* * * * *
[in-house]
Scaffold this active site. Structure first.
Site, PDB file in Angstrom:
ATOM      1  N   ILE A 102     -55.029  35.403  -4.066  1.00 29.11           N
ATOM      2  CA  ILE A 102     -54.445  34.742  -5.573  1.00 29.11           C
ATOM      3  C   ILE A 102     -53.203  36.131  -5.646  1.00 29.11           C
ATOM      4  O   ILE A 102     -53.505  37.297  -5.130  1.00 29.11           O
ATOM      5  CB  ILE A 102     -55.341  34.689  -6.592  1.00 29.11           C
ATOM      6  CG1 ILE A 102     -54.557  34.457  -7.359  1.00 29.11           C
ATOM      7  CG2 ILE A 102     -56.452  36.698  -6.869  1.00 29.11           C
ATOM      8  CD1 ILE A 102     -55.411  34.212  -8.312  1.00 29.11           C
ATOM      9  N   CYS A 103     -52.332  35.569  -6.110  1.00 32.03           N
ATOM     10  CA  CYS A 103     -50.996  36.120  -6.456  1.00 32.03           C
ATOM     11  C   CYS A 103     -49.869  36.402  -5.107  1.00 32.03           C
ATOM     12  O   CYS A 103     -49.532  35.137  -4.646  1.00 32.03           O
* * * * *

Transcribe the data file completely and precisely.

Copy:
[in-house]
Scaffold this active site. Structure first.
Site, PDB file in Angstrom:
ATOM      1  N   ILE A 102     -55.029  35.403  -4.066  1.00 29.11           N
ATOM      2  CA  ILE A 102     -54.445  34.742  -5.573  1.00 29.11           C
ATOM      3  C   ILE A 102     -53.203  36.131  -5.646  1.00 29.11           C
ATOM      4  O   ILE A 102     -53.505  37.297  -5.130  1.00 29.11           O
ATOM      5  CB  ILE A 102     -55.341  34.689  -6.592  1.00 29.11           C
ATOM      6  CG1 ILE A 102     -54.557  34.457  -7.359  1.00 29.11           C
ATOM      7  CG2 ILE A 102     -56.452  36.698  -6.869  1.00 29.11           C
ATOM      8  CD1 ILE A 102     -55.411  34.212  -8.312  1.00 29.11           C
ATOM      9  N   CYS A 103     -52.332  35.569  -6.110  1.00 32.03           N
ATOM     10  CA  CYS A 103     -50.996  36.120  -6.456  1.00 32.03           C
ATOM     11  C   CYS A 103     -49.869  36.402  -5.107  1.00 32.03           C
ATOM     12  O   CYS A 103     -49.532  35.137  -4.646  1.00 32.03           O